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 Liability for injury to persons on premises that are under the control of another.  Who’s an occupier?  What are premises?  Visitors v Trespassers.

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Presentation on theme: " Liability for injury to persons on premises that are under the control of another.  Who’s an occupier?  What are premises?  Visitors v Trespassers."— Presentation transcript:

1  Liability for injury to persons on premises that are under the control of another.  Who’s an occupier?  What are premises?  Visitors v Trespassers 1

2 Wheat v Lacon (1966)  Exercises a sufficient degree of control over the premises Lord Denning identified 4 categories of Occupiers: 1. If the landlord rents the premises to a tenant, then the tenant is the occupier. 2. If the landlord rents the premises, he remains liable for common areas such as stairs, gardens etc. 3. If the landlord grants a licence, then both are occupiers. 4. If the landlord engages an independent contractor, then the landlord remains the occupier BUT the independent contractor may be the occupier if he has a high level of control. 2

3  “… any fixed or moveable structure, including any vessel, vehicle or aircraft.”  Obviously land, buildings and houses, but what about…  Ladders? – Wheeler v Copas [1981]  Ships in dry dock? - London Graving Dock v Horton (1951)  Vehicles? - Hartwell v Grayson (1947)  Lifts? - Haseldine v Daw & Son Ltd (1941) 3

4  Occupiers must keep premises in a reasonably safe condition. There must be “negligence”, “defect” or “danger” with the premises for claim to succeed.  If someone tries to run up the sides of the Hall of Justice and falls, will their claim be successful? Maloney v Torfean CBC (2005, CA) 4

5 Anyone with expressed or implied permission to be on the property. Includes permission granted by law:  Police Officers. Health Inspectors?  Jehovah’s Witnesses? Political Canvassers? Robson v. Hallet (1967) “...when a householder lives in a dwelling house to which there is a garden in front and does not lock the gate of the garden it gives an implied licence to any member of the public who has lawful reason for doing so to proceed from the gate to the front door or the back door...”  Person taking a short-cut? Lowery v Walker [1911] 5

6 1. Warning – Sufficient to enable the visitor to be reasonably safe  Lewis v Ronald (1909) o Lewis was delivering fish at an apartment-house, when he fell down an unlighted stairway. Ronald entered into an agreement with the tenants that he would light the staircases on the premises "when necessary." 2. Deliberate – Goes into area known to be “out of bounds”  Anderson v Coutts (1894) o Anderson fell over a cliff after he ignored a warning notice and climbed over railings. 6

7 3. Overstay  Stone v Taffe (1974) o Drinking after 10:30pm was not allowed, but this was never communicated to the patron, so bar owner was still liable. Had the patron been notified, he would have lost his visitor status. 4. Alien  The Calgarth 1927 o Scrutton LJ: “When you invite a person into your house to use the staircase, you do not invite him to slide down the banisters. 7

8  Addie v Dumbreck [1929]  The defendant owned a coal mine, which had a fence around the perimeter of the field although there were large gaps in it. The field was frequently used as a short cut to a railway station and children would use it as a playground. The defendant would often warn people off the land but the attempts were not effective and no real attempt was made to ensure that people did not come onto the land. A child came on to the land and was killed when he climbed onto a piece of haulage apparatus. Held: No duty of care was owed to trespassers to ensure that they were safe when coming onto the land. The only duty was not to inflict harm wilfully. 8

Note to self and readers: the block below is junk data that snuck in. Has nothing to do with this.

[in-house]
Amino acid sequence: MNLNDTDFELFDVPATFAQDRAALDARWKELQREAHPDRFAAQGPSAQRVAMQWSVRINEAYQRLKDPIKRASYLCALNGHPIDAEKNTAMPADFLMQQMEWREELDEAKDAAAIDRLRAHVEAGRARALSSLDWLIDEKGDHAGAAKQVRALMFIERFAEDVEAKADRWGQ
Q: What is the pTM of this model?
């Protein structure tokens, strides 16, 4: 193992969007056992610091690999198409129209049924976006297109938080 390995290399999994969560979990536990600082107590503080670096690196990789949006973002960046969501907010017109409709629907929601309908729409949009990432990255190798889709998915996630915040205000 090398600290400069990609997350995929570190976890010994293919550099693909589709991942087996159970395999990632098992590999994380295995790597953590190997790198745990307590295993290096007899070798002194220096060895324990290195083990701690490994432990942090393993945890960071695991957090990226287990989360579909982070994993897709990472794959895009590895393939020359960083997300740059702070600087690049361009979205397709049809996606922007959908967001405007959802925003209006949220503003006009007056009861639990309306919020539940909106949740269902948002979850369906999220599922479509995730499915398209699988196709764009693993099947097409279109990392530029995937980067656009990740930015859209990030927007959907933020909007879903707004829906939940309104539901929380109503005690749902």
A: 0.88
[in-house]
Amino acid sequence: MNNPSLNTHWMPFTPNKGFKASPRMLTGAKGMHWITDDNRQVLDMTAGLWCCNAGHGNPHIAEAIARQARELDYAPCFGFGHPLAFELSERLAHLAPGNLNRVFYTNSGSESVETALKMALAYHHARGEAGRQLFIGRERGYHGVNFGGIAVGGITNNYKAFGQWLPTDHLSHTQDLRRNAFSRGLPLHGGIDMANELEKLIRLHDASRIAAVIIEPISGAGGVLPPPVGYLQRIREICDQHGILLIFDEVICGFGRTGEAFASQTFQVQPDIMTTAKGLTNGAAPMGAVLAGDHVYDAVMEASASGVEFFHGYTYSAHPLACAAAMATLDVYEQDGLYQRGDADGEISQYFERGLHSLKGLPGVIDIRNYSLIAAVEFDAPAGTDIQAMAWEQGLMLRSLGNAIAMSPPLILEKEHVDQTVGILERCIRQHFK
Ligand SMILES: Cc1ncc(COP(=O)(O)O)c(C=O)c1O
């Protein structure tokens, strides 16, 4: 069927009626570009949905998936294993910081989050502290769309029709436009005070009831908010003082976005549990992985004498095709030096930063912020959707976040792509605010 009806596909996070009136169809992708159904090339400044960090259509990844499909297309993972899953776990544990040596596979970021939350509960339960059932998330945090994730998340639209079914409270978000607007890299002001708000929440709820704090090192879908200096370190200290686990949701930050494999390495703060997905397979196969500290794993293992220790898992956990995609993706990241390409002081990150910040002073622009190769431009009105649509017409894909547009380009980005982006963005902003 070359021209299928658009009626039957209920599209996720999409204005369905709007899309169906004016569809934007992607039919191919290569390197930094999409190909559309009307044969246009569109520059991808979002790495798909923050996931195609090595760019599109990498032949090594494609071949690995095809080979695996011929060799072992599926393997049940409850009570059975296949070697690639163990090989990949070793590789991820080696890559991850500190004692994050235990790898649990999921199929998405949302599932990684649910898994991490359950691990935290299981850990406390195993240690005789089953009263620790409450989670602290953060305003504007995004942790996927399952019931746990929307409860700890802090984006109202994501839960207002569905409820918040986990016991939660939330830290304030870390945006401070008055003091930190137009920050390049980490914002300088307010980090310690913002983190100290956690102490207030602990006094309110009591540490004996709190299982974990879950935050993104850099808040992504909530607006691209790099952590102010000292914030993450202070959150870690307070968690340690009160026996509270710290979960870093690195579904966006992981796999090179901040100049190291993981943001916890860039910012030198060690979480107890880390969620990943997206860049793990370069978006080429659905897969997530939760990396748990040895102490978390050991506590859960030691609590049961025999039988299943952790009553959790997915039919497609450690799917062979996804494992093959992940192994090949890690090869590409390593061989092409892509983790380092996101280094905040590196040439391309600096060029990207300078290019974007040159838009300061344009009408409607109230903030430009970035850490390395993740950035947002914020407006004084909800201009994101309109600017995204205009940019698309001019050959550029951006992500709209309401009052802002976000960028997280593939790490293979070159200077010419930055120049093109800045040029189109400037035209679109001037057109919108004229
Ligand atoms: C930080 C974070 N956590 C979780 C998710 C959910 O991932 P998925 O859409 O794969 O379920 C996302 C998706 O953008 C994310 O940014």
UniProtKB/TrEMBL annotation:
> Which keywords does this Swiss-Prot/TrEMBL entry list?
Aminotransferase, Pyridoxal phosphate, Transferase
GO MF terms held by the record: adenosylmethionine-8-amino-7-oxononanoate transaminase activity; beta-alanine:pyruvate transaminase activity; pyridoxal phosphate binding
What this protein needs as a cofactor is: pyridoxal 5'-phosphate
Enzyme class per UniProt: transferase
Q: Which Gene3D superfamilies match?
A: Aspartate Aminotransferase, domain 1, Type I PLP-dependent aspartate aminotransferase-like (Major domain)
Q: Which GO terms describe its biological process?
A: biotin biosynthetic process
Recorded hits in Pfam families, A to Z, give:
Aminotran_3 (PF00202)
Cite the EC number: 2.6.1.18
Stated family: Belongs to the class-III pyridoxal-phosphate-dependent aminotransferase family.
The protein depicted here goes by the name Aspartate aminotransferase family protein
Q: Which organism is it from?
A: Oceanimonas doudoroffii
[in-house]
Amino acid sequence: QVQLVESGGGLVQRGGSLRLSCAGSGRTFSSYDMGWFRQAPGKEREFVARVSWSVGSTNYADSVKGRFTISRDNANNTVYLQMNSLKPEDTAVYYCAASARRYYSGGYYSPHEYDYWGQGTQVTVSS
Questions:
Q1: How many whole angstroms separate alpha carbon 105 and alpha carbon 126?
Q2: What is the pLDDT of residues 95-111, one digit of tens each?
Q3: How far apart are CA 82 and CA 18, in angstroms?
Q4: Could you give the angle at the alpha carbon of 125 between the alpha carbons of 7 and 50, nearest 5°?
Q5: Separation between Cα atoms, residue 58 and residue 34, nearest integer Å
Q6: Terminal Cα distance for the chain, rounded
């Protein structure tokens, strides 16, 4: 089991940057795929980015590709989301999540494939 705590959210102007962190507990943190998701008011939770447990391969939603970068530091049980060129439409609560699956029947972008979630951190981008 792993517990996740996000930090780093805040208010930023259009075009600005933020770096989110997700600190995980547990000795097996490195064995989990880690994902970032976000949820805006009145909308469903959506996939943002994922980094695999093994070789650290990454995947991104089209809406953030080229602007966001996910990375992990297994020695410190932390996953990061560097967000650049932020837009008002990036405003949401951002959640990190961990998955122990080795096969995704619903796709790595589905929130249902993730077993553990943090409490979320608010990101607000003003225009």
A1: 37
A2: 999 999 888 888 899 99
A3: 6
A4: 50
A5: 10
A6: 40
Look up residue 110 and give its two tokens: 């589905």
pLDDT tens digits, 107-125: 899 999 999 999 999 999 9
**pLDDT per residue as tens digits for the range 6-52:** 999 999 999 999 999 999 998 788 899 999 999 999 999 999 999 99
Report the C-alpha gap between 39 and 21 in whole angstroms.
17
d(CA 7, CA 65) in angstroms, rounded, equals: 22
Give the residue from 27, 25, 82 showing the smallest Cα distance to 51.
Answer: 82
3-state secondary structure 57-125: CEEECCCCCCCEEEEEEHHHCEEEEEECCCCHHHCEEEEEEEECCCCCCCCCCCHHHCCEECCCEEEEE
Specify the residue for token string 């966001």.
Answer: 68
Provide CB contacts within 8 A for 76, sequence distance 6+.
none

9  British Railways Board v. Herrington (1972)  Herrington, a child, had gone through a fence onto the railway line, and been badly injured. The Board knew of the broken fence, but argued that they owed no duty to a trespasser. 9

10  The defendants burgled the home of one of the defendants, where he lived with his parents and stole two television sets  Burglary involves entry onto property as a trespasser, so they tried to argue that they were visitors.  Held: The appellants had exceeded their permission by stealing and were thus trespassers. 10

11  Must be prepared for children to be less careful than adults Pearson v Coleman Bros [1948]  7 year old girl went to the circus with her family. She wandered off to go to the toilets instead she ended up in the animal enclosure and was attacked by a lion. Parental Responsibility for young children Phipps v Rochester Corporation [1955]  5 year old boy supervised by his sister aged 7 fell into a trench dug by Rochester Corp for the purpose of laying down sewers 11

12 Anything that entices a child Glasglow Corporation v Taylor (1922) Eight year old boy ate poisonous berries in park and died. There was no fence or warning signs. 12

13  Occupier is not liable for hazards arising from the work. (e.g. The occupier is not liable if an electrician electrocutes himself)  Roles v Nathan [1963]  Two chimney sweeps were sealing up a sweep hole in a flue (chimney opening). Carbon monoxide came through. They had been warned repeatedly, and told not to stay in too long, and not to work while a fire was alight. Once already, they had been dragged out for not doing as they were told. They died while working when the fire was burning. The widows sued the occupier.  Held:  The defendant was not liable. The dangers were special risks ordinarily incident to their calling. The warnings issued were clear and the brothers would have been safe had they heeded the warnings. 13

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